Residents living in the Walvis Bay’s two suburbs Naraville and Kuisebmond have been advised not panic over the list of names who are selected to be allocated houses in the two suburbs, saying that the municipal administrators are working within the regulatory frameworks and will ensure that every resident is treated fairly in the compilation of the list.
“If you are not on the list do not be alarmed, the administrators are working on it,” councilor
Ryan Gordon of the Landless People’s Movement said recently during his local authority update briefing in Walvis Bay on housing and social welfare of both youth and elderly citizens.
Gordon reiterated on claims and complaints raised by some residents who feel that the list is bias stated that LPM will look into the matter to ensure that malicious practices are addressed if there are any.
He further urged the residents to be patient and wait for their names to be announced and not to go to the municipal office, to allow administrators to facilitate the purchase of houses by those who are already listed.
Subsequently, Gordon pointed out that the initiative is part of the LPM’s promises in ensuring that all Namibians must have homes and land, adding that the list has made provision for teachers, police officers and he is being told that there is still about 36 houses remaining that is to be occupied by their owners.
However, the councillor was quick to stress that, despite all this, they have also added onto the list the ultra-low earning group for service plots to be made available for the people such as taxi drivers, petrol attendance, and the youth that just left school and are working in retail.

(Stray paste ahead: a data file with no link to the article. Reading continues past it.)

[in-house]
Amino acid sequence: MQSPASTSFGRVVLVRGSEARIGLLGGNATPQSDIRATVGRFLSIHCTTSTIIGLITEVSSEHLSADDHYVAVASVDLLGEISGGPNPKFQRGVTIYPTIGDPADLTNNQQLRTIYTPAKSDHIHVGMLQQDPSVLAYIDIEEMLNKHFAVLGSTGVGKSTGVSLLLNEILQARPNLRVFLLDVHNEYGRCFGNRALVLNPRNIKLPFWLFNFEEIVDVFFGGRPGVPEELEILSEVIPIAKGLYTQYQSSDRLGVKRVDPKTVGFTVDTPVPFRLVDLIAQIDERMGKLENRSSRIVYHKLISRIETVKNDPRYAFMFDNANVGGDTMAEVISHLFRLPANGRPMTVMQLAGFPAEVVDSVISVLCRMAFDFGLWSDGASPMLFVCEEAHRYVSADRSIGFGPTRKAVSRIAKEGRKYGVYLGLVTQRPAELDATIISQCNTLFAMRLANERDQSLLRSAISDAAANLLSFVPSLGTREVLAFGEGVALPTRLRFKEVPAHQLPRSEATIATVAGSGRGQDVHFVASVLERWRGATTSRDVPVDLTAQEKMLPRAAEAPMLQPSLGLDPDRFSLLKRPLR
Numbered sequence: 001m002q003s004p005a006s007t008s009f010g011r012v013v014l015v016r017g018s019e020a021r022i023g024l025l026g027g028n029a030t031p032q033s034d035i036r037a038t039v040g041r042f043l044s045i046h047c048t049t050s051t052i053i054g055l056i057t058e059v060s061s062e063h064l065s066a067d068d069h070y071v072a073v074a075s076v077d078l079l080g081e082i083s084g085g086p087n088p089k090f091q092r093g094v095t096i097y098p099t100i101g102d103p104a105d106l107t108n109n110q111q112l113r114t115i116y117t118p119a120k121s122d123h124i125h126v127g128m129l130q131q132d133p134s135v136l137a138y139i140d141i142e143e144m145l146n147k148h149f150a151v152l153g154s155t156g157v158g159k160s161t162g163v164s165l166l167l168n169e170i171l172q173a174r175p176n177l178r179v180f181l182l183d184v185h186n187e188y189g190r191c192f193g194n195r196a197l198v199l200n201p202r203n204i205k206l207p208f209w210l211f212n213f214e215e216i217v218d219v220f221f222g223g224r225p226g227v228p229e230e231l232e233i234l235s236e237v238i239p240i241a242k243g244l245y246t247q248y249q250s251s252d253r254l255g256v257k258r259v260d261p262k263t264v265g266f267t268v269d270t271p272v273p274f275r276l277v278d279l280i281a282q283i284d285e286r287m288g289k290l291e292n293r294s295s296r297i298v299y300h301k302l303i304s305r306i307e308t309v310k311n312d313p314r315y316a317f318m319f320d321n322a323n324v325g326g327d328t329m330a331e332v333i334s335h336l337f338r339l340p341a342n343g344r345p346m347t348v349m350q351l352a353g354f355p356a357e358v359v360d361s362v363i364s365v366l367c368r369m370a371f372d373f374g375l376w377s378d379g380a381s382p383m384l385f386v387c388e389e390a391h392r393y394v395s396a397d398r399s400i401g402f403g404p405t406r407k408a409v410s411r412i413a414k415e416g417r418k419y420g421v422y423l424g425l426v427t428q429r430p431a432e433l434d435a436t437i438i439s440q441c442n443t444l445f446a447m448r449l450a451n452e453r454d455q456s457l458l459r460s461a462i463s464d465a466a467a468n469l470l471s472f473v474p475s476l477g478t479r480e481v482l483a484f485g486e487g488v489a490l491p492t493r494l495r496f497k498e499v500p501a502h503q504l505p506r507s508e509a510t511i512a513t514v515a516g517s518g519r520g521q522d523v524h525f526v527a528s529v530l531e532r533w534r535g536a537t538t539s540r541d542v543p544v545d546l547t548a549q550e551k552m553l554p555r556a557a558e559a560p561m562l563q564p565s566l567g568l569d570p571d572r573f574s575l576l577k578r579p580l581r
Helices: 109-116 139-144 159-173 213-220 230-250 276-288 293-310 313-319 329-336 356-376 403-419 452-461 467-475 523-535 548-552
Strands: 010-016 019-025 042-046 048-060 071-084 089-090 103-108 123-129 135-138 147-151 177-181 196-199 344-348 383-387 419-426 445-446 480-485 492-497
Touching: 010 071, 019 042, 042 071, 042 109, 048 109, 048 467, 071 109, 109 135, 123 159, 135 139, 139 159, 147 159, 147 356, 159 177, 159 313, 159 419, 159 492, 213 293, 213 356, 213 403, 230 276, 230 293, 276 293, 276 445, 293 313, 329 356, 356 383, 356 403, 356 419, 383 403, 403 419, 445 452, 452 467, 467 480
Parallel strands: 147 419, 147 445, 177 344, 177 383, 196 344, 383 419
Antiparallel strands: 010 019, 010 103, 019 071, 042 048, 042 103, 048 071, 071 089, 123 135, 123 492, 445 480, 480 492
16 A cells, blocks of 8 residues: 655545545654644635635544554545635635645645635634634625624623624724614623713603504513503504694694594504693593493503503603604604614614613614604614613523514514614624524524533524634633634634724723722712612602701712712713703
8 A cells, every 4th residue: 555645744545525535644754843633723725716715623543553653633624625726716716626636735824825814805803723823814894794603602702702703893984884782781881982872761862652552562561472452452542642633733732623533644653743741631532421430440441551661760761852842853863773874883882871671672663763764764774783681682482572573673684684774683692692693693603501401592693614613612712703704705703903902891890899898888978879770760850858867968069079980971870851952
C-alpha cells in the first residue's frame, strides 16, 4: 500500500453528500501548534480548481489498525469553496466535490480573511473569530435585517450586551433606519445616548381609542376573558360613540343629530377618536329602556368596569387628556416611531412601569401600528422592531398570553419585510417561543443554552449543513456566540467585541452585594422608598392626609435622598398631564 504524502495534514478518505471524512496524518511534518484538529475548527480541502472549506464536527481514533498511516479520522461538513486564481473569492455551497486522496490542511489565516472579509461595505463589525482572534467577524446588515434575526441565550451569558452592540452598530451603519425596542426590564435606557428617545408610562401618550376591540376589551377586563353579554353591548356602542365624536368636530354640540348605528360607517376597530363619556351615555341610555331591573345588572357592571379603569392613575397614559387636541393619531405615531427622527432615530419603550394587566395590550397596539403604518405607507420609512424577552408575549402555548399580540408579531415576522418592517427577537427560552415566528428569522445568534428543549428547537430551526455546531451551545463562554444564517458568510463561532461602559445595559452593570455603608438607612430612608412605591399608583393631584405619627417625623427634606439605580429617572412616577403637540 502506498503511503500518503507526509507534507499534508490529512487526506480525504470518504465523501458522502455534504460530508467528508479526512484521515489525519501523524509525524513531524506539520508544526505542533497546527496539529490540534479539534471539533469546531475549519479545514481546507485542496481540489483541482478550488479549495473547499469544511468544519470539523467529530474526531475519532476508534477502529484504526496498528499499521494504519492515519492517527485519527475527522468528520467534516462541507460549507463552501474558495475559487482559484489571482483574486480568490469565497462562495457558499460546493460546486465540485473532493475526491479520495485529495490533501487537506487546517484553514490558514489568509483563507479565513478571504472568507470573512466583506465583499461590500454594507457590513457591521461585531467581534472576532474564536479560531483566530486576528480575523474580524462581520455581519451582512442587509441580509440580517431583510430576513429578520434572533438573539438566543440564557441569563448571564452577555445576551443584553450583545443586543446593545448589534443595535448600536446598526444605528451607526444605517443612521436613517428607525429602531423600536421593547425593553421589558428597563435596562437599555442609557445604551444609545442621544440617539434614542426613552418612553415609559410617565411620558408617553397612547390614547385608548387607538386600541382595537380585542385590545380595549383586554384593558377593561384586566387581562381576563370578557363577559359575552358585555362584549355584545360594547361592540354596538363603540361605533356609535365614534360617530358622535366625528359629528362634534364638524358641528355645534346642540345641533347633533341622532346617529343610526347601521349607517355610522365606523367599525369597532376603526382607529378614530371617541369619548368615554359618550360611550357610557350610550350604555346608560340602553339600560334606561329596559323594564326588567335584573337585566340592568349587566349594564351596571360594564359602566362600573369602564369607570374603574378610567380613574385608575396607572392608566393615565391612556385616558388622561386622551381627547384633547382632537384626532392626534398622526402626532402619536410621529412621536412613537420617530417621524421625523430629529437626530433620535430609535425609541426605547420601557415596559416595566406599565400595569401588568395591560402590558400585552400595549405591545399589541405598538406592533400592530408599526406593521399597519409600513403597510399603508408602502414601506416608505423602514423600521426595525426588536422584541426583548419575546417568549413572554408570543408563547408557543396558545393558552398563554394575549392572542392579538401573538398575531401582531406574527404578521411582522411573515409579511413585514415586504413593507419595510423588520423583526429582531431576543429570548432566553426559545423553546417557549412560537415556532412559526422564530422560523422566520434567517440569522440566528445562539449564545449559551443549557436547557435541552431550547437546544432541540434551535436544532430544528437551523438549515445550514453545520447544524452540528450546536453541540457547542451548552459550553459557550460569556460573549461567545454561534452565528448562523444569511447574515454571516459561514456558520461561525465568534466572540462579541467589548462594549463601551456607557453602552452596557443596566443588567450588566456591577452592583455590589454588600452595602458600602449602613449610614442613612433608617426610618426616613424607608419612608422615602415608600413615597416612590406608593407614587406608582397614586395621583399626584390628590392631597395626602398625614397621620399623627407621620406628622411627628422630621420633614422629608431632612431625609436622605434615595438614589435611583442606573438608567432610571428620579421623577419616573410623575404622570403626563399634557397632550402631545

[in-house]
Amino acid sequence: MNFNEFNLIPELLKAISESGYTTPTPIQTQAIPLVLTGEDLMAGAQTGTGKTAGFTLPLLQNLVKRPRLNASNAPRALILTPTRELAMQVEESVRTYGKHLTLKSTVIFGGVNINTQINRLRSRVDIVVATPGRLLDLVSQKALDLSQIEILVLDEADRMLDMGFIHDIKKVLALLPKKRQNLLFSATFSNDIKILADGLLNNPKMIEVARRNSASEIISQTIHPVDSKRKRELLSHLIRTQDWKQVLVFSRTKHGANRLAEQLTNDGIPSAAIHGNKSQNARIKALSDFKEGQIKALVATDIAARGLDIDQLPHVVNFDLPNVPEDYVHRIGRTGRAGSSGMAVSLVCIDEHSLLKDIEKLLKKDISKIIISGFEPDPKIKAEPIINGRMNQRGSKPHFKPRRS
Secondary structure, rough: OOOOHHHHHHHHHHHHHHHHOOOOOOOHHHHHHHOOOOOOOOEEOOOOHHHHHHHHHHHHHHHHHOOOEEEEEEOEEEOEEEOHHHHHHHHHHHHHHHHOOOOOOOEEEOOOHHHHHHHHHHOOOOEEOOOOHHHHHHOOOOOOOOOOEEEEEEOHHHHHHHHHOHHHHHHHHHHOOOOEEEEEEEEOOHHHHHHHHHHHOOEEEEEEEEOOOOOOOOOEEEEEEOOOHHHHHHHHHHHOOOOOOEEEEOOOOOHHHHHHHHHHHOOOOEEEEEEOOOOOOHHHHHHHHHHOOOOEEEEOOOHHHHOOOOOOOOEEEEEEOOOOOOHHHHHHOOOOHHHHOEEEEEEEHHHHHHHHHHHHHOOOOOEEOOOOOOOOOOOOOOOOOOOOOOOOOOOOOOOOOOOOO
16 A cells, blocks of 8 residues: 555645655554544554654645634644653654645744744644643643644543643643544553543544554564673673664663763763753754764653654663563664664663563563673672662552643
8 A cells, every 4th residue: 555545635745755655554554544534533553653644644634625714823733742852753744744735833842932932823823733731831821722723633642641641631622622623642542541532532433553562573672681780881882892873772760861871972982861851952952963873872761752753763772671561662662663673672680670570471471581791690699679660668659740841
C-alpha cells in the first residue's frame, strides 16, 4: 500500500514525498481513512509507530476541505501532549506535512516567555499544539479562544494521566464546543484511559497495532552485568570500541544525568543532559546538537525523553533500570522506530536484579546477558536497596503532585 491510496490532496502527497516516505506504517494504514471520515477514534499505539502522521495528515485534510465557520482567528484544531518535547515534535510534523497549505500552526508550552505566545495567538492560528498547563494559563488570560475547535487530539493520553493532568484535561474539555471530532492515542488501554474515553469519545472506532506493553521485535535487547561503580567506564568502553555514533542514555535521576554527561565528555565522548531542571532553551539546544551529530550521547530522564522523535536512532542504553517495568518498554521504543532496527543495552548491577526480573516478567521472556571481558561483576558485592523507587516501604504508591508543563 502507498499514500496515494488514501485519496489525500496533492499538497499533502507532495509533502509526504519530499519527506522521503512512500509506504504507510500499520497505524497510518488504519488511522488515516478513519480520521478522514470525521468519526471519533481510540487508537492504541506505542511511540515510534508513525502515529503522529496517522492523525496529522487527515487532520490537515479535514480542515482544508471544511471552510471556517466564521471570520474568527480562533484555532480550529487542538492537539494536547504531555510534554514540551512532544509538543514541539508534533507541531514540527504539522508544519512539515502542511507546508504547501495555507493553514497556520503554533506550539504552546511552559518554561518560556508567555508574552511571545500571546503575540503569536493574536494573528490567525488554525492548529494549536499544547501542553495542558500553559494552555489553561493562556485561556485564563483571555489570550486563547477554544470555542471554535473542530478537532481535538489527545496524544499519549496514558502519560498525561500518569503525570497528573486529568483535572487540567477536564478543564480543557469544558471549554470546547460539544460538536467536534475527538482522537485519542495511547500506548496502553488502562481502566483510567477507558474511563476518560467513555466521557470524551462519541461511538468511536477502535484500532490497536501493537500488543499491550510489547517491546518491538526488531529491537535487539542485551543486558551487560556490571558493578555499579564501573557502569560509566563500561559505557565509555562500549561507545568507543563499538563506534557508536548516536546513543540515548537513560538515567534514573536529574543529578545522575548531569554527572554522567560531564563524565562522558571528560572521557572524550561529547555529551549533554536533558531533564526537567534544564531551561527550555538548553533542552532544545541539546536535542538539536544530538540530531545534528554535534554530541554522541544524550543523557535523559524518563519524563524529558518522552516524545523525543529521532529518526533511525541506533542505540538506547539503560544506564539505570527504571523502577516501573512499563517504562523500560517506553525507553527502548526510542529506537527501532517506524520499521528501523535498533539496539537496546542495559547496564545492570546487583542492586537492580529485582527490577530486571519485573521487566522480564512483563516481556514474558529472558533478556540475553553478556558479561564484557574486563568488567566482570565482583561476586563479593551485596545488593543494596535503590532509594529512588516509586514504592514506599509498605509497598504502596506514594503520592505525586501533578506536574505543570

Speaking to the Windhoek Observer last week, was the Walvis Bay Municipality communication officer Anita Kaihiva who explained that the master list of Walvis Bay consists of a combined NHE and Municipality waiting list. This list includes residents of Walvis Bay from Narraville, Kuisebmond and Walvis Bay Proper.
“These residents submitted their applications to NHE and the Municipality. The waiting list with pre-
approvals from financial institutions now stands at 3500,” Kaihiva confirmed.
The waiting list consists of men and women in uniform, employees in the fishing Industry, logistics
Sector, domestic workers, civil servants and workers in the mining sector.
Kaihia further said that about 850 houses were built under the Massive Urban Land Servicing Project of which 34 remain unallocated as the applicants have been declined financing by the banks.
The remaining houses will be re-allocated to qualifying beneficiaries, Kihiva said, while stressing that the waiting list will be followed on a first come, first service basis. She further explained that one needs a pre-approval from the bank, which is the qualifying requirement, for a person to be put on the waiting list for the current project.
“All relevant data on the waiting list has been captured, while preference will be given to those in uniform.’’
Kaihiva said that they have an open-door policy and residents who want to inquire about housing issues are always welcome to approach the properties section in Kuisebmond.
“It is important to note that we are not accepting any new applications for this project, as the project has come to an end, Kaihiva concluded.